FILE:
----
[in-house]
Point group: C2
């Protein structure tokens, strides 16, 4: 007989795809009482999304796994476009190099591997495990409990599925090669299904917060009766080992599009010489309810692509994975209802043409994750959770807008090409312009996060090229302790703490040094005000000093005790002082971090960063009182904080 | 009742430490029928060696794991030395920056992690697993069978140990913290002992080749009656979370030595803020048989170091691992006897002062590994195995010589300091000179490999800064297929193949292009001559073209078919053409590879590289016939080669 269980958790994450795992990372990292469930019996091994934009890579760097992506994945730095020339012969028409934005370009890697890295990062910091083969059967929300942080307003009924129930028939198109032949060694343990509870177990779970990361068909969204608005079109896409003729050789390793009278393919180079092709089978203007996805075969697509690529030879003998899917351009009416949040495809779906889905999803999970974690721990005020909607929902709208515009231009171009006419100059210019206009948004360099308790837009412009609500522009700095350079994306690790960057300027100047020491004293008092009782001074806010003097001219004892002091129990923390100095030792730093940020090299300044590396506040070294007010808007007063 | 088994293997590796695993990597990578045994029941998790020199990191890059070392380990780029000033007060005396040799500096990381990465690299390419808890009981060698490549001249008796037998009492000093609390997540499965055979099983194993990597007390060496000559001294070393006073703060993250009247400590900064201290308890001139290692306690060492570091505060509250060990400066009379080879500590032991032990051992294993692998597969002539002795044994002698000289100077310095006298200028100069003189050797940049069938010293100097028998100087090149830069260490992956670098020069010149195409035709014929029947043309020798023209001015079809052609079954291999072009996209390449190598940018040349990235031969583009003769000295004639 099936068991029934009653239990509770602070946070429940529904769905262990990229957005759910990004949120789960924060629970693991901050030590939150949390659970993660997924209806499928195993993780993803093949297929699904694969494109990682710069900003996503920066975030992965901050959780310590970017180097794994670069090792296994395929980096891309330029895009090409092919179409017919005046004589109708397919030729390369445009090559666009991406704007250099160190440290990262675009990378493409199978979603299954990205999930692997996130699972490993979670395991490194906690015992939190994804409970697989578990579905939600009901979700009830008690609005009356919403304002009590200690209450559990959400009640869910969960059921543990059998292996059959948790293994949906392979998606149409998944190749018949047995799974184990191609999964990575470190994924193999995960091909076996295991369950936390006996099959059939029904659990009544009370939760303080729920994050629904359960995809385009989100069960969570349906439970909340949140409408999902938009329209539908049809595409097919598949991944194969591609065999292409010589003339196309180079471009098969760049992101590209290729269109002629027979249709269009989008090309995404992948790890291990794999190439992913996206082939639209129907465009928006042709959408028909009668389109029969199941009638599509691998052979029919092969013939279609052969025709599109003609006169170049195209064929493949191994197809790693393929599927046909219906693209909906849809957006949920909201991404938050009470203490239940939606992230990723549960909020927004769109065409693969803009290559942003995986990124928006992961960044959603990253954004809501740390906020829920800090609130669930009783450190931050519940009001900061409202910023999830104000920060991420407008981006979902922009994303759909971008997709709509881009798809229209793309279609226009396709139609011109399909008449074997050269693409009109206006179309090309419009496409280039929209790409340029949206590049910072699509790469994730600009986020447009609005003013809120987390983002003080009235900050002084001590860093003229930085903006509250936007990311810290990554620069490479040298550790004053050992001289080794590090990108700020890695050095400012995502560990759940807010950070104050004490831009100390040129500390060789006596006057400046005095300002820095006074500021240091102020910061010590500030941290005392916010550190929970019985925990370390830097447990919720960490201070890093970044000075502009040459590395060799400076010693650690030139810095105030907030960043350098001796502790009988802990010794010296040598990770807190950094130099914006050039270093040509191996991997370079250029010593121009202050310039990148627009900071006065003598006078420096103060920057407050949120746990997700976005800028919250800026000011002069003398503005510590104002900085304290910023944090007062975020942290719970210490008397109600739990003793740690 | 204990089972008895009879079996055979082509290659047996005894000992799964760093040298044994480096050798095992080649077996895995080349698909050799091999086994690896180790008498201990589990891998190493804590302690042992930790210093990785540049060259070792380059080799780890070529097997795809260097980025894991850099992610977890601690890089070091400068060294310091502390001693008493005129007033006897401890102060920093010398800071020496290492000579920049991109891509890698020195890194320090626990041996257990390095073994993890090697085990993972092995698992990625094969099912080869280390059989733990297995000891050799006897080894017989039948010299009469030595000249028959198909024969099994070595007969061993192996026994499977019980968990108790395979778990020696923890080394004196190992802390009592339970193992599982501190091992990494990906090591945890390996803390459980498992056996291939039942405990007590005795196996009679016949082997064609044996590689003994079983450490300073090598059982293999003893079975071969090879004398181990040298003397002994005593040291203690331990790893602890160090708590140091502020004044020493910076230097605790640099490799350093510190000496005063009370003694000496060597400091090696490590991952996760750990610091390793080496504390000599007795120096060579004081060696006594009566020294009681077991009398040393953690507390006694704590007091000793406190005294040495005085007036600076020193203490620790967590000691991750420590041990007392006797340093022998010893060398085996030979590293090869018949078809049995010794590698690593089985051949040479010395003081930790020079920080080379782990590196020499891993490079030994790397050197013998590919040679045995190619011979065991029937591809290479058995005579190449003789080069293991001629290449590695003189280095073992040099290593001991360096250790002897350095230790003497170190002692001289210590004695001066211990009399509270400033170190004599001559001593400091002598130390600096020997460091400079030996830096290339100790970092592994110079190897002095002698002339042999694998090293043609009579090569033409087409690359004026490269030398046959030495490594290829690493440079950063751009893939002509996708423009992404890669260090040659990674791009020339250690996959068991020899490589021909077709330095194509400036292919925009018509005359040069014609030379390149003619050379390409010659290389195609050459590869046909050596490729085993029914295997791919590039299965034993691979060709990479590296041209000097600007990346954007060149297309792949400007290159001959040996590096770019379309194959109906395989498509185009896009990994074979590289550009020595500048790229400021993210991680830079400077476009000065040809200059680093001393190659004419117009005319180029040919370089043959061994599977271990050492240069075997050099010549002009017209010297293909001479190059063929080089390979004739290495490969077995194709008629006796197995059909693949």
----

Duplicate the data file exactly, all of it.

[in-house]
Point group: C2
């Protein structure tokens, strides 16, 4: 007989795809009482999304796994476009190099591997495990409990599925090669299904917060009766080992599009010489309810692509994975209802043409994750959770807008090409312009996060090229302790703490040094005000000093005790002082971090960063009182904080 | 009742430490029928060696794991030395920056992690697993069978140990913290002992080749009656979370030595803020048989170091691992006897002062590994195995010589300091000179490999800064297929193949292009001559073209078919053409590879590289016939080669 269980958790994450795992990372990292469930019996091994934009890579760097992506994945730095020339012969028409934005370009890697890295990062910091083969059967929300942080307003009924129930028939198109032949060694343990509870177990779970990361068909969204608005079109896409003729050789390793009278393919180079092709089978203007996805075969697509690529030879003998899917351009009416949040495809779906889905999803999970974690721990005020909607929902709208515009231009171009006419100059210019206009948004360099308790837009412009609500522009700095350079994306690790960057300027100047020491004293008092009782001074806010003097001219004892002091129990923390100095030792730093940020090299300044590396506040070294007010808007007063 | 088994293997590796695993990597990578045994029941998790020199990191890059070392380990780029000033007060005396040799500096990381990465690299390419808890009981060698490549001249008796037998009492000093609390997540499965055979099983194993990597007390060496000559001294070393006073703060993250009247400590900064201290308890001139290692306690060492570091505060509250060990400066009379080879500590032991032990051992294993692998597969002539002795044994002698000289100077310095006298200028100069003189050797940049069938010293100097028998100087090149830069260490992956670098020069010149195409035709014929029947043309020798023209001015079809052609079954291999072009996209390449190598940018040349990235031969583009003769000295004639 099936068991029934009653239990509770602070946070429940529904769905262990990229957005759910990004949120789960924060629970693991901050030590939150949390659970993660997924209806499928195993993780993803093949297929699904694969494109990682710069900003996503920066975030992965901050959780310590970017180097794994670069090792296994395929980096891309330029895009090409092919179409017919005046004589109708397919030729390369445009090559666009991406704007250099160190440290990262675009990378493409199978979603299954990205999930692997996130699972490993979670395991490194906690015992939190994804409970697989578990579905939600009901979700009830008690609005009356919403304002009590200690209450559990959400009640869910969960059921543990059998292996059959948790293994949906392979998606149409998944190749018949047995799974184990191609999964990575470190994924193999995960091909076996295991369950936390006996099959059939029904659990009544009370939760303080729920994050629904359960995809385009989100069960969570349906439970909340949140409408999902938009329209539908049809595409097919598949991944194969591609065999292409010589003339196309180079471009098969760049992101590209290729269109002629027979249709269009989008090309995404992948790890291990794999190439992913996206082939639209129907465009928006042709959408028909009668389109029969199941009638599509691998052979029919092969013939279609052969025709599109003609006169170049195209064929493949191994197809790693393929599927046909219906693209909906849809957006949920909201991404938050009470203490239940939606992230990723549960909020927004769109065409693969803009290559942003995986990124928006992961960044959603990253954004809501740390906020829920800090609130669930009783450190931050519940009001900061409202910023999830104000920060991420407008981006979902922009994303759909971008997709709509881009798809229209793309279609226009396709139609011109399909008449074997050269693409009109206006179309090309419009496409280039929209790409340029949206590049910072699509790469994730600009986020447009609005003013809120987390983002003080009235900050002084001590860093003229930085903006509250936007990311810290990554620069490479040298550790004053050992001289080794590090990108700020890695050095400012995502560990759940807010950070104050004490831009100390040129500390060789006596006057400046005095300002820095006074500021240091102020910061010590500030941290005392916010550190929970019985925990370390830097447990919720960490201070890093970044000075502009040459590395060799400076010693650690030139810095105030907030960043350098001796502790009988802990010794010296040598990770807190950094130099914006050039270093040509191996991997370079250029010593121009202050310039990148627009900071006065003598006078420096103060920057407050949120746990997700976005800028919250800026000011002069003398503005510590104002900085304290910023944090007062975020942290719970210490008397109600739990003793740690 | 204990089972008895009879079996055979082509290659047996005894000992799964760093040298044994480096050798095992080649077996895995080349698909050799091999086994690896180790008498201990589990891998190493804590302690042992930790210093990785540049060259070792380059080799780890070529097997795809260097980025894991850099992610977890601690890089070091400068060294310091502390001693008493005129007033006897401890102060920093010398800071020496290492000579920049991109891509890698020195890194320090626990041996257990390095073994993890090697085990993972092995698992990625094969099912080869280390059989733990297995000891050799006897080894017989039948010299009469030595000249028959198909024969099994070595007969061993192996026994499977019980968990108790395979778990020696923890080394004196190992802390009592339970193992599982501190091992990494990906090591945890390996803390459980498992056996291939039942405990007590005795196996009679016949082997064609044996590689003994079983450490300073090598059982293999003893079975071969090879004398181990040298003397002994005593040291203690331990790893602890160090708590140091502020004044020493910076230097605790640099490799350093510190000496005063009370003694000496060597400091090696490590991952996760750990610091390793080496504390000599007795120096060579004081060696006594009566020294009681077991009398040393953690507390006694704590007091000793406190005294040495005085007036600076020193203490620790967590000691991750420590041990007392006797340093022998010893060398085996030979590293090869018949078809049995010794590698690593089985051949040479010395003081930790020079920080080379782990590196020499891993490079030994790397050197013998590919040679045995190619011979065991029937591809290479058995005579190449003789080069293991001629290449590695003189280095073992040099290593001991360096250790002897350095230790003497170190002692001289210590004695001066211990009399509270400033170190004599001559001593400091002598130390600096020997460091400079030996830096290339100790970092592994110079190897002095002698002339042999694998090293043609009579090569033409087409690359004026490269030398046959030495490594290829690493440079950063751009893939002509996708423009992404890669260090040659990674791009020339250690996959068991020899490589021909077709330095194509400036292919925009018509005359040069014609030379390149003619050379390409010659290389195609050459590869046909050596490729085993029914295997791919590039299965034993691979060709990479590296041209000097600007990346954007060149297309792949400007290159001959040996590096770019379309194959109906395989498509185009896009990994074979590289550009020595500048790229400021993210991680830079400077476009000065040809200059680093001393190659004419117009005319180029040919370089043959061994599977271990050492240069075997050099010549002009017209010297293909001479190059063929080089390979004739290495490969077995194709008629006796197995059909693949």